You're right about the number of factors that influenced Unionism in Panhandle Florida and the border counties of south Alabama. The breakdown of tansportation and markets during the war caused many families to go hungry for extended periods. Security from roving bands of outlaws and ability to feed their families influenced many of these men. First class arms, equipment and uniforms represented other incentives for enlistment that Confederate recruiters could not match. Regular pay in U.S. currency also weighed heavily in favor of Federal service.
As you mentioned, it helped that troops recruited from Florida and south Alabama for U.S. service were retained near their homes.
However, it's important to note that many well-to-do slaveholders in Florida, Alabama, Mississippi and Louisiana did everything possible to oppose secession and keep their states in the Union. Alfred Holley of Covington County AL is just one example.
Discontent over the Emancipation Proclamation provoked many Midwestern farm boys to desert U.S. service. Of course none of them owned slaves. Farm boys from the Panhandle might have reacted to emancipation similarly. Just because a man lived in a household without slaves, we can't assume that he was hostile or even indifferent towards slavery.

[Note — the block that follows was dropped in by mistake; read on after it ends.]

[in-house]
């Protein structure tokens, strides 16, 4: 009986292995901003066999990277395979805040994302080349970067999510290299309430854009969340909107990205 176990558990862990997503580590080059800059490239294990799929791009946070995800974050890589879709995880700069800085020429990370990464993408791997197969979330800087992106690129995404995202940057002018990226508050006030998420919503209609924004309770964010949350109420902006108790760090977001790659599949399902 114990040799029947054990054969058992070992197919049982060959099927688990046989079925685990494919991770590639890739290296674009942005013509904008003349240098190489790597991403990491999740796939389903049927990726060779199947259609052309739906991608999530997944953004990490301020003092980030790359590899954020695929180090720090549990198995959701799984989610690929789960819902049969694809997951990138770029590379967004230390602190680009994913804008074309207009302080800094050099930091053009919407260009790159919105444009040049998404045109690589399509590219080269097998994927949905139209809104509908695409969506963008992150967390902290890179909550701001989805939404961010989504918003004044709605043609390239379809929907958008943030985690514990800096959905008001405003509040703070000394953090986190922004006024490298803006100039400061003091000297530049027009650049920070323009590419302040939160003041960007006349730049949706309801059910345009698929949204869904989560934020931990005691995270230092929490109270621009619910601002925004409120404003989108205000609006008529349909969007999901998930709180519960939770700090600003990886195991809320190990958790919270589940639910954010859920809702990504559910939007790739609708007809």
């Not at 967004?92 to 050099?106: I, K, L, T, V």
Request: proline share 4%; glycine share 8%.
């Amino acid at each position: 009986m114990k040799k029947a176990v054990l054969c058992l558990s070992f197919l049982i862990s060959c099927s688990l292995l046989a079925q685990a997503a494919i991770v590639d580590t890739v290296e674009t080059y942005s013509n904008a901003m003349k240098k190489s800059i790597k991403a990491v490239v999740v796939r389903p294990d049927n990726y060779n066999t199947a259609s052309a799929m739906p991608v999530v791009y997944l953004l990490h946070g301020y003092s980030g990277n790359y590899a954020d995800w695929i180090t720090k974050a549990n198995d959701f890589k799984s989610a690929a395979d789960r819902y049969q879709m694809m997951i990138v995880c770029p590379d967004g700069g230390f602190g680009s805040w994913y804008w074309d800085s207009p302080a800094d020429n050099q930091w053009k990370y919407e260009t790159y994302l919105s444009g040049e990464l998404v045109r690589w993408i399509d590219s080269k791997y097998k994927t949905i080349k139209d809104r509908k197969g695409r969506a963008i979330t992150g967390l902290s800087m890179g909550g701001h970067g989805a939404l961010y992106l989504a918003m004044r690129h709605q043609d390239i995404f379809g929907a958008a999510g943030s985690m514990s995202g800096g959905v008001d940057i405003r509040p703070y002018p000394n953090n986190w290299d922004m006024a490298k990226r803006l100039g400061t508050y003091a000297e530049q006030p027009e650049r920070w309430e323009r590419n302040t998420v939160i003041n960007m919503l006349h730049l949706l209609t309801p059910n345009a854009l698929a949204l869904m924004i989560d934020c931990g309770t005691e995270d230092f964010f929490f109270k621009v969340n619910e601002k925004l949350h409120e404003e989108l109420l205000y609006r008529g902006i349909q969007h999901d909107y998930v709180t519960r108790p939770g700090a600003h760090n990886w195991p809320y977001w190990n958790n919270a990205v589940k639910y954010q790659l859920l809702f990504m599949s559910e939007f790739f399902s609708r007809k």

To answer the original question, one common thread for Unionism in the lower and mountain South appears to be isolation. It's somewhat ironic, because people usually associate Unionism with industry, commerce, modernization, diversity and freedom. The same people usually link the Southern cause with agriculture, traditional folkways, backwardness, homogeneity and slavery.
In actuality support for secession and the earliest military companies raised for the Confederacy came from market centers like Mobile and Pensacola. These cities and smaller towns along rivers and rail lines exhibited rapid growth, prosperity based on commerce and immediate connection with the outside world, a high degree of literacy and culture. They also show evidence of widespread social and political involvement as well as a diverse population. Print media in the form of daily and weekly newspapers provides another important indicator, in that they helped to disperse ideas and opinions.
In contrast, Panhandle counties that provided recruits for U.S. military service were quite isolated and backwards. The 1860 census of those counties show that they had few merchants, attorneys, clerks or teachers, small market centers with limited connection to the outside world, hardly any sign of cultural, educational or literary life, indifference towards social and political activities outside the immediate community, resistance to change and no newspapers. These characteristics can be applied to Unionists found in isolated communities across the South.